I was in a meeting with a client recently and a member of the team was really keen on creating groups – almost one for every day of the week.
Groups – 1.6 million of them on LinkedIn. Most (in my opinion) are pants (technical term) and offer no real value. Some are locked to recruiters because of previous rabid-dog like behaviours. Others are run by recruiters who thought that they would be a silver bullet to success. I rarely see groups run by recruiters that seem to offer value. The ones that I have seen I have a huge amount of respect for; I know how much effort and time they take and applaud the recruiter who has the bandwidth in their day and the strategic head to make it work, however this is rare.
I have written a few ten commandment posts in my time (read them here), and wanted to write one about my views on groups. So here goes – my ten commandments for using LinkedIn groups:
1. Don’t publish jobs unless “allowed” to, and if you do, publish them in the right place (less spraying and praying, more tactical manoeuvres).
2. Read the rules and respect them. If there aren’t any, check out the behaviour of the group and emulate it. You can only be a bull in a china shop if the group is called something like “China Shop group for Bulls”.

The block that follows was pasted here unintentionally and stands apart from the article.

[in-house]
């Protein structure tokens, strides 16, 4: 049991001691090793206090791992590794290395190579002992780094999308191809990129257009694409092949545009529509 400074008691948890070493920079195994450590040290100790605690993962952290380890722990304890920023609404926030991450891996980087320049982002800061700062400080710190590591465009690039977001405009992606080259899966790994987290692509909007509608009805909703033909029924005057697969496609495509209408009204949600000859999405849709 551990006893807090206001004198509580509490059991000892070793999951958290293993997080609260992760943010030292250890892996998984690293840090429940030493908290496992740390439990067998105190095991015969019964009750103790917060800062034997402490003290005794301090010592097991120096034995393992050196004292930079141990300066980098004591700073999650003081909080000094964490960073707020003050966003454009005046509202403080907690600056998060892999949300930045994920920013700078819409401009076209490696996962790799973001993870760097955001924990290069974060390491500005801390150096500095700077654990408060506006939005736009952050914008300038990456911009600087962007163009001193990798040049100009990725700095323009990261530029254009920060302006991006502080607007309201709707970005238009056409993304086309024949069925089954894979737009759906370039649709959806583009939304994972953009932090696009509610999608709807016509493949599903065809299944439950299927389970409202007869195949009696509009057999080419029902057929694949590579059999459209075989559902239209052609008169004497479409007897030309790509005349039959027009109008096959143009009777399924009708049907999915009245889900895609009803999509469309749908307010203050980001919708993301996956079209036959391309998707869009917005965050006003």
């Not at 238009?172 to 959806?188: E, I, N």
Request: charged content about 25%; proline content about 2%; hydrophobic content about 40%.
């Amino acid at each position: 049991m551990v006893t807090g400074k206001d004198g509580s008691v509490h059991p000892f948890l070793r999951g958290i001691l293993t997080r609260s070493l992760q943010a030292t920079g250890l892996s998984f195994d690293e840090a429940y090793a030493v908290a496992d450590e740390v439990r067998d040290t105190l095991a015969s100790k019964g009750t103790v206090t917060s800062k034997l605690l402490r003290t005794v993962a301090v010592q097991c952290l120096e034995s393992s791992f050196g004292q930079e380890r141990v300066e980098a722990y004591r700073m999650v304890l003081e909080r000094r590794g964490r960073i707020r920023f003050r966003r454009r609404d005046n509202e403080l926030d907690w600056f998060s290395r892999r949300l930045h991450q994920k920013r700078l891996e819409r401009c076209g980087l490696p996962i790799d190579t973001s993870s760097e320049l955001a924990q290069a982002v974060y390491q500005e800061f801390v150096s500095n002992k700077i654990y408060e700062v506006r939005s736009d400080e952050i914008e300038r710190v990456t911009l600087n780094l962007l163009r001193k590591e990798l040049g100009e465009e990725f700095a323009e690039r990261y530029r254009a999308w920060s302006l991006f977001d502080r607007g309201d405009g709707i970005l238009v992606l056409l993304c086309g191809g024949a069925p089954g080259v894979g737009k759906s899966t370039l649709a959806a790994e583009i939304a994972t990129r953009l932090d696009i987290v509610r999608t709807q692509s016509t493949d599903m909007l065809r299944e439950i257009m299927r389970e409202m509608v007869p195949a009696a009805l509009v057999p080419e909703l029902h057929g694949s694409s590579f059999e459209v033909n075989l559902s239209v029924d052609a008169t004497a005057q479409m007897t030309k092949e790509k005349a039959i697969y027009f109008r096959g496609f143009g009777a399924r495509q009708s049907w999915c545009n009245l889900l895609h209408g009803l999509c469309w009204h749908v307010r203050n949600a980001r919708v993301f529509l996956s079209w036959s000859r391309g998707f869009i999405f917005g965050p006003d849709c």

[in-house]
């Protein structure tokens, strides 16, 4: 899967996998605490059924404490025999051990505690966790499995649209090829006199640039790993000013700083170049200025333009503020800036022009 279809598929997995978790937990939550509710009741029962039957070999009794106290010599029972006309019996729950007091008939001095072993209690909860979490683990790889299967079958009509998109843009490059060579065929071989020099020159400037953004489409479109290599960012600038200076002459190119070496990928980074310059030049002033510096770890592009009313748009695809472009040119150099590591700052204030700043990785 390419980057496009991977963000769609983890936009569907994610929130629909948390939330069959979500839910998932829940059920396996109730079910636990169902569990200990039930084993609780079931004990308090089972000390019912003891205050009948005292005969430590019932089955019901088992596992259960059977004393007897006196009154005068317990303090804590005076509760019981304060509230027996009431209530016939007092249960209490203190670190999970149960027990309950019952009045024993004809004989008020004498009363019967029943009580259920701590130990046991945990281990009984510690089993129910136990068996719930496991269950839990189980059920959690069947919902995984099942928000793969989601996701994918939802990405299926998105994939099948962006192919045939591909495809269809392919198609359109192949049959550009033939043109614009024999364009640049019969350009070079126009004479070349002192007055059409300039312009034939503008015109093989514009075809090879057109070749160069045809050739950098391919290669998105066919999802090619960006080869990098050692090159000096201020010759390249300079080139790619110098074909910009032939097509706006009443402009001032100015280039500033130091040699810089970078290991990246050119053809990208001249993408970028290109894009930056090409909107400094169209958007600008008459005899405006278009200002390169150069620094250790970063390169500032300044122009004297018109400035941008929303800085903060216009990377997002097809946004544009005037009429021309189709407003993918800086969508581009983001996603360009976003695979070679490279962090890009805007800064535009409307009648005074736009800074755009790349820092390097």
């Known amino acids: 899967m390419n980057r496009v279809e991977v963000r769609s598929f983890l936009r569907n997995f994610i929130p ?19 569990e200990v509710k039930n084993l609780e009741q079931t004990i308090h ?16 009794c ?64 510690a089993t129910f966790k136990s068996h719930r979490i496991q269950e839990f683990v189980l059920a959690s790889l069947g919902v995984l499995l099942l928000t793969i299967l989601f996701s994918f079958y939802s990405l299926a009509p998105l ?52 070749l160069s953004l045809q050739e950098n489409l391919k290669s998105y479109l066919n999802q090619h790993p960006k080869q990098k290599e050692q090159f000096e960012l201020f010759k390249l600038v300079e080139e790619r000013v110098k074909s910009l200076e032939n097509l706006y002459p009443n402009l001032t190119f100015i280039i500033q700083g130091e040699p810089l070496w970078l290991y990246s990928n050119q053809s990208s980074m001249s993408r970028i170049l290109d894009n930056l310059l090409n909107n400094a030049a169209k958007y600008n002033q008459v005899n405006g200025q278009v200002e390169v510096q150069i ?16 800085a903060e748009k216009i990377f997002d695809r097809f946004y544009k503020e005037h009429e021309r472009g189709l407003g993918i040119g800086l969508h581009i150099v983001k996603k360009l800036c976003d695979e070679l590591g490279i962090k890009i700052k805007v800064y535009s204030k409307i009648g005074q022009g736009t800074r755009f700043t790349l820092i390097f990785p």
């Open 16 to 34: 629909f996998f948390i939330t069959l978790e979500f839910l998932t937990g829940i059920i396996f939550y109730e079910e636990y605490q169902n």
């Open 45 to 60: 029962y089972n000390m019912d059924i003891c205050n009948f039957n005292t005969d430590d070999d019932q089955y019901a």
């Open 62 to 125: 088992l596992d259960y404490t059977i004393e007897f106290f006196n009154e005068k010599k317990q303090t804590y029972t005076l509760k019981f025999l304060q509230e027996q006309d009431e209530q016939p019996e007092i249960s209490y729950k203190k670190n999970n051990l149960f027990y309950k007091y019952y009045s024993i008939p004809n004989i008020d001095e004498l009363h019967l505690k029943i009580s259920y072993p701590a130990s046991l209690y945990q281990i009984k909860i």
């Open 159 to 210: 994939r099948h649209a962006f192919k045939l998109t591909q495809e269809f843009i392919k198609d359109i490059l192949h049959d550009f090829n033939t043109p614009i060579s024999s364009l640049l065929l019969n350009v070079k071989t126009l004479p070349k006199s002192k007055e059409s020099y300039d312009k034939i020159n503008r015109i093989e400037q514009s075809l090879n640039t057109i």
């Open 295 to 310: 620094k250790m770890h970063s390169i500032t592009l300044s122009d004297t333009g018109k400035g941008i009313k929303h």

3. Make friends with the owner and managers – they are your best asset in the group – just like a host at a live networking event – they know everyone and can recommend you/introduce you. Don’t underestimate their influence.
4. Only join groups if you are clear what you need – really think about this. Do you really go out on a Saturday with no strategy? (Actually, thinking about it, don’t go there! I know I am walking on thin ice here – I have been to a few recruitment night outs in my time!)
5. Don’t be a groupie (see previous blog).
6. Take part! Standing outside looking in offers no value and is akin to being a peeping Tom.
7. Be active: mine it, speak in it, like stuff, share content, show your face, follow people. This could take 1 minute per week – no excuses!
8. But don’t get too noisy either. If it’s just you speaking, others get lazy/bored/switch off.
9. Get out if there’s no value – so you’re in a nightclub and the music’s crap, the clientele not “up your street” and you’re being hit on by Shrek… get out and find something more appropriate.
And the most important:
10. Only create one yourself if you have the time to manage it and you know what you want from it (and what you want from it is what your members are prepared to give you!).
Appreciate that not everyone is looking for a job (some stats state that only 21% of people are) – be creative and smart. Walking into a club and asking everyone to dance may work for you on a Friday night, but you need a better tactic online when the audience is sober and probably more discerning.
The UK Recruiter for publishing this.
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